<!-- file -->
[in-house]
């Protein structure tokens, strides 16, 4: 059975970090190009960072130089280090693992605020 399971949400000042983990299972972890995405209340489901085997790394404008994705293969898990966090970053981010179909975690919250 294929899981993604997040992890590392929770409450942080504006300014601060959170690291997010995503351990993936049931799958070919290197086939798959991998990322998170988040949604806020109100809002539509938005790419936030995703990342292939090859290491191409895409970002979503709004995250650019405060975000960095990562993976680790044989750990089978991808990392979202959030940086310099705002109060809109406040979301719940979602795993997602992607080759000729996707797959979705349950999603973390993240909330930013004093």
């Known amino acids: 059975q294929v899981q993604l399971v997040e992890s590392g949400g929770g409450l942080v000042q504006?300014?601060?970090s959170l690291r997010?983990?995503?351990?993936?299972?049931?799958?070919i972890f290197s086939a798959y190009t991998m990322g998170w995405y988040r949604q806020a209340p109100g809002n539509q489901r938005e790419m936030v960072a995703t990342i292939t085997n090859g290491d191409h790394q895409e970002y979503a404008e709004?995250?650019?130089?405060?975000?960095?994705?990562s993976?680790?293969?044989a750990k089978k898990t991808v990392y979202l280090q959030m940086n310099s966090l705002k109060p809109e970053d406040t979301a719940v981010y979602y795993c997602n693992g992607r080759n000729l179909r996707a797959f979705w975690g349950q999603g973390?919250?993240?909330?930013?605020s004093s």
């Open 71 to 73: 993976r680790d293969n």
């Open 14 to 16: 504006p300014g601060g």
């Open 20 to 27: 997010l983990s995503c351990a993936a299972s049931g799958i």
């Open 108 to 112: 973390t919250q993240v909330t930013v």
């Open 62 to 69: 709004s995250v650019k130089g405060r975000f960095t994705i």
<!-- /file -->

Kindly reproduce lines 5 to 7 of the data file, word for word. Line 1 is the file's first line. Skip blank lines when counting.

């Open 14 to 16: 504006p300014g601060g």
């Open 20 to 27: 997010l983990s995503c351990a993936a299972s049931g799958i």
């Open 108 to 112: 973390t919250q993240v909330t930013v």